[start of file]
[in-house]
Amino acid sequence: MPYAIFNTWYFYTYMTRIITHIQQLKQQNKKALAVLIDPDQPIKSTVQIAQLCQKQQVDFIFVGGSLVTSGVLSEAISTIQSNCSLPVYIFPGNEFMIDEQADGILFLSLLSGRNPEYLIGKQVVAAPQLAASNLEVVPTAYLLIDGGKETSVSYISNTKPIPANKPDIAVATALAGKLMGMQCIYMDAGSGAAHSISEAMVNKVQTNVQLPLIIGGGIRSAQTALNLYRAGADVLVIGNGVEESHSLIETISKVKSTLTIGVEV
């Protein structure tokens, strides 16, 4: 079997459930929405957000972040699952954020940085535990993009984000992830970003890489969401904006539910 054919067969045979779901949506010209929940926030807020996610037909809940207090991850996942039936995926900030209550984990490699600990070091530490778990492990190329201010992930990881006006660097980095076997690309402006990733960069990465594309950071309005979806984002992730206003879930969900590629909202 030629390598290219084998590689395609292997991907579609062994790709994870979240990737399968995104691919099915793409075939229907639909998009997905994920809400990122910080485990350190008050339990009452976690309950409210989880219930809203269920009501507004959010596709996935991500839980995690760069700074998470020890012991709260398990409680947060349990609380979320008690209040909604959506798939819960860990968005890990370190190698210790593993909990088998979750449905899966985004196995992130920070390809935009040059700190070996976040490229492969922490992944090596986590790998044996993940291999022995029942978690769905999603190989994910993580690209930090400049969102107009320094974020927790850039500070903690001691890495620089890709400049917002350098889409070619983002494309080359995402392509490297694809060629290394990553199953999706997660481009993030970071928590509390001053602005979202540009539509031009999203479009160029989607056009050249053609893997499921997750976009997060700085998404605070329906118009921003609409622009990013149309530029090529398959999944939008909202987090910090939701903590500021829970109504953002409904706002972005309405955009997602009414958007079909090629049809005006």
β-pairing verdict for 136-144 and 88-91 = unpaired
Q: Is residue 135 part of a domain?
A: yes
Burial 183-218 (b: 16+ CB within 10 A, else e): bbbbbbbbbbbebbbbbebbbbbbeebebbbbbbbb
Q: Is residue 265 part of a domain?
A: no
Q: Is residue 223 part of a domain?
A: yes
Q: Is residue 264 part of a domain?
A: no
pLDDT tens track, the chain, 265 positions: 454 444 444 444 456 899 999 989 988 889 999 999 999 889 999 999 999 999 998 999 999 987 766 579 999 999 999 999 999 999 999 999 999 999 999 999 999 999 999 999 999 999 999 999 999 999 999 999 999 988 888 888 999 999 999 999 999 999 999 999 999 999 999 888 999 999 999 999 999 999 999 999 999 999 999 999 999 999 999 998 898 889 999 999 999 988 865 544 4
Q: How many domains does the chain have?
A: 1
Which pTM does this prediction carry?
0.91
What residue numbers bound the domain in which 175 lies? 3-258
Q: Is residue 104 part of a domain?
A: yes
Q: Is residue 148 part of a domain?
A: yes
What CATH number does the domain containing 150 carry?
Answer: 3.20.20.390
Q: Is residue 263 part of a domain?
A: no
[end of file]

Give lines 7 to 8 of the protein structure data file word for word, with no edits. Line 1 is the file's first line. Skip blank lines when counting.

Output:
Burial 183-218 (b: 16+ CB within 10 A, else e): bbbbbbbbbbbebbbbbebbbbbbeebebbbbbbbb
Q: Is residue 265 part of a domain?